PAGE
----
Osmo Vanska is clearly a very good thing for Minnesota.
You can sense when an orchestra is raising its game, pushing its boundaries, and playing to the limit of its possibilities. That was the feeling here: a decent orchestra made to sound a whole lot better by the sheer dynamism and musicality of its music director. I’ll wager Minnesota will be a very different orchestra by the end of Vanska’s existing contract in two years time.
For now it was the energy you came away humming, and to that end a little something showy and kinetic from home kick-started the proceedings. The night before John Adams’ Dr. Atomic premieres in London a smaller bang, if you like, was provided by Slonimsky’s Earbox. This is essentially Adams’ Stravinsky’s homage. The musical snakes and ladders of the explosive opening throw up all manner of harmonic incident and we even appear to drop in on Petrushka’s Shrovetide Fair, such is the motoric, almost folksy, manner of the writing. But ultimately the pulsations are pure Adams: another hairy ride in one of his fast machines which on this occasion had Vanska and the orchestra taking awkward corners with Formula One skill. Me, I liked the still centre of the piece where one viola echoed by the others seemed almost to invoke the Samuel Barber which followed.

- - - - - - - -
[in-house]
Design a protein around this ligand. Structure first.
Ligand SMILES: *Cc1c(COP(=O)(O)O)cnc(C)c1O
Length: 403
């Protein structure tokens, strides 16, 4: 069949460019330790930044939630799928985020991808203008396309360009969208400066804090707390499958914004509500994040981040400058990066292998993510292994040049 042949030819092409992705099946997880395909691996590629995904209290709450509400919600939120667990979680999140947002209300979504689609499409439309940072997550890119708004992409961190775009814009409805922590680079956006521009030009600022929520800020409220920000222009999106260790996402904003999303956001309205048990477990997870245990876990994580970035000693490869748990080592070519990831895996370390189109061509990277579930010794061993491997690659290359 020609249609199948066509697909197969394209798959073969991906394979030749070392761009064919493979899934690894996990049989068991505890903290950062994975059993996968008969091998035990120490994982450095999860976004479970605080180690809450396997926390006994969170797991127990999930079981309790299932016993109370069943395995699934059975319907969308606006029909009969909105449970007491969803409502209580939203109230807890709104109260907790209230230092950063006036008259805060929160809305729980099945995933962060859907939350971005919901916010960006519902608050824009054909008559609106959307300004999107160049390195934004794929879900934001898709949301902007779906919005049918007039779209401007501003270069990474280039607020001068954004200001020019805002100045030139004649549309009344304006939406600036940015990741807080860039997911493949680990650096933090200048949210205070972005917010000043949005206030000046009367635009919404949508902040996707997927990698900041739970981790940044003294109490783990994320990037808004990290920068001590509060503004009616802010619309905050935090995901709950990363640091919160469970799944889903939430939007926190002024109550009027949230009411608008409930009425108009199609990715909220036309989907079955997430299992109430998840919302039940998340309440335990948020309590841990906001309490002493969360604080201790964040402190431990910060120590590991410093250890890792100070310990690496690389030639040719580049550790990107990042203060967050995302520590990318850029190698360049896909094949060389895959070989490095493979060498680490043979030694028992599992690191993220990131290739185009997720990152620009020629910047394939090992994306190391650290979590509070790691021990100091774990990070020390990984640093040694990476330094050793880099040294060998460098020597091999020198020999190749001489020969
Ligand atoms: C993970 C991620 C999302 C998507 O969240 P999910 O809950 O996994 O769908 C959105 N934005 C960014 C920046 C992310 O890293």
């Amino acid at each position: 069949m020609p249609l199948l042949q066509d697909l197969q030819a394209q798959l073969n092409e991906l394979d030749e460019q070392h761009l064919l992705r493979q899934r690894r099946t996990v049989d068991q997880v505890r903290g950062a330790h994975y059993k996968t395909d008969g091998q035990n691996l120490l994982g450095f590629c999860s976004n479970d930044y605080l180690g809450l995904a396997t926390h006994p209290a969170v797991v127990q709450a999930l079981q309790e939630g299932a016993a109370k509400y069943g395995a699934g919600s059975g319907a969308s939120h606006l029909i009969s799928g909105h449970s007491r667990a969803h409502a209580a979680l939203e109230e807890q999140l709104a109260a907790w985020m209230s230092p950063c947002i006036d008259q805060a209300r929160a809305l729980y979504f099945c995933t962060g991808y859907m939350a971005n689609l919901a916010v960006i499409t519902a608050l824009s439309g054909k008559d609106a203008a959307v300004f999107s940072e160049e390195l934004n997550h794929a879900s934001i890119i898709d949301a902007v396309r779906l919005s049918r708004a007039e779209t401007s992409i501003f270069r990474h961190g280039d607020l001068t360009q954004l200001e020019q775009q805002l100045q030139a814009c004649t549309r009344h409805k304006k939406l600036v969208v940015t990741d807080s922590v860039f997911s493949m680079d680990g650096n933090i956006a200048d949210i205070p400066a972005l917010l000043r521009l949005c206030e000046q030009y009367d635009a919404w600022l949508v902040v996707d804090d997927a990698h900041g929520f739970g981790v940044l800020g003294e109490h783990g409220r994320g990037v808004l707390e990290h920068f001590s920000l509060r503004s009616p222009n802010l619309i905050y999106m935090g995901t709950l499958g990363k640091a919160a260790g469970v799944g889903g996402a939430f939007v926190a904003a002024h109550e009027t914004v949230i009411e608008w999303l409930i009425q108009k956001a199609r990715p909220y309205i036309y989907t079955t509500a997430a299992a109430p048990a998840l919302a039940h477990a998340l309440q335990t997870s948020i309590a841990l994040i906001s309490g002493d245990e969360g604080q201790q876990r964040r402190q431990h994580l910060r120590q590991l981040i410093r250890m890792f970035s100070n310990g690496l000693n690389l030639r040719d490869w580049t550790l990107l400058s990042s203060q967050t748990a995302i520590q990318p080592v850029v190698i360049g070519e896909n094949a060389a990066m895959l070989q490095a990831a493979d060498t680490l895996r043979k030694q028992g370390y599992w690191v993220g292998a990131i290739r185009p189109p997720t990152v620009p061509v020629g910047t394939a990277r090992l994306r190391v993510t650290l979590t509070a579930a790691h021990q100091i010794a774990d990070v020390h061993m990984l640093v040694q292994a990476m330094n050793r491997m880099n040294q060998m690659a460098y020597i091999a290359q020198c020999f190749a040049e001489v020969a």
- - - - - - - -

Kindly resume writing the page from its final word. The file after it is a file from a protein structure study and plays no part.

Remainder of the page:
Joshua Bell played the Violin Concerto with rapt, confidential, beauty, slipping into the salon-like texture of the opening so unassumingly that he might easily have been just another member of the Minnesota string section. It was that awareness of his surroundings, that chamber music intuition, that made this performance so revealing. The virtuosic finale still sounds like an afterthought to me – a last ditch attempt to get some fireworks into the piece. Bell took those in his stride like a mischievous Puck gone bad. And as if that weren’t enough he’d brought an encore – an insane set of variations, an American “Souvenir”, by Vieuxtemps. What to say? “Yankee Doodle Dandy” in poncy harmonics is just so French.
Finally, the deadly serious business of displaying the orchestra’s classical credentials. Vanska’s account of Beethoven’s “Eroica” Symphony was driven by an almost delirious vitality, a cut-to-the-bone incisiveness in which the Minnesota strings were very much the dominant force, somewhat, I felt, at the expense of the winds. Still, Vanska undoubtedly engendered a sense of communal excitement at the work’s audacity and perennial newness. And that’s always a good sign.